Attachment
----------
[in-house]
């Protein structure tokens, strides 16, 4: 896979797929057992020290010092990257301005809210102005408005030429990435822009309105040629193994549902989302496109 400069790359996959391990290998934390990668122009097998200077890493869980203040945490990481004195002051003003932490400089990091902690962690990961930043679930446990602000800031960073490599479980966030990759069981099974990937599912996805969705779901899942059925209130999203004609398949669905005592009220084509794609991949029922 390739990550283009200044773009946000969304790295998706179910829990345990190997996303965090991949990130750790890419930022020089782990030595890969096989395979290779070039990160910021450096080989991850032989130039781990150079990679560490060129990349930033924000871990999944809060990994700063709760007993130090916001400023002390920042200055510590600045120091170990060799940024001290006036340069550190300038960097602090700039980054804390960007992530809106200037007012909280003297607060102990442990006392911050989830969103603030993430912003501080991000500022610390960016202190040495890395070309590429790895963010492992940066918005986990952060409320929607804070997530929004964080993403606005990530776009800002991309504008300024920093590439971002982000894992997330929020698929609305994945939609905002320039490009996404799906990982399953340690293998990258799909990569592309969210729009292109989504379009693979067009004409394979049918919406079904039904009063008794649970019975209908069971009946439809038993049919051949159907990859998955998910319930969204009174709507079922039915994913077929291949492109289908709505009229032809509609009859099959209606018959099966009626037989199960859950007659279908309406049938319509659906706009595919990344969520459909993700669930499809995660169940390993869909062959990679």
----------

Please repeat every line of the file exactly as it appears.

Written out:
[in-house]
């Protein structure tokens, strides 16, 4: 896979797929057992020290010092990257301005809210102005408005030429990435822009309105040629193994549902989302496109 400069790359996959391990290998934390990668122009097998200077890493869980203040945490990481004195002051003003932490400089990091902690962690990961930043679930446990602000800031960073490599479980966030990759069981099974990937599912996805969705779901899942059925209130999203004609398949669905005592009220084509794609991949029922 390739990550283009200044773009946000969304790295998706179910829990345990190997996303965090991949990130750790890419930022020089782990030595890969096989395979290779070039990160910021450096080989991850032989130039781990150079990679560490060129990349930033924000871990999944809060990994700063709760007993130090916001400023002390920042200055510590600045120091170990060799940024001290006036340069550190300038960097602090700039980054804390960007992530809106200037007012909280003297607060102990442990006392911050989830969103603030993430912003501080991000500022610390960016202190040495890395070309590429790895963010492992940066918005986990952060409320929607804070997530929004964080993403606005990530776009800002991309504008300024920093590439971002982000894992997330929020698929609305994945939609905002320039490009996404799906990982399953340690293998990258799909990569592309969210729009292109989504379009693979067009004409394979049918919406079904039904009063008794649970019975209908069971009946439809038993049919051949159907990859998955998910319930969204009174709507079922039915994913077929291949492109289908709505009229032809509609009859099959209606018959099966009626037989199960859950007659279908309406049938319509659906706009595919990344969520459909993700669930499809995660169940390993869909062959990679």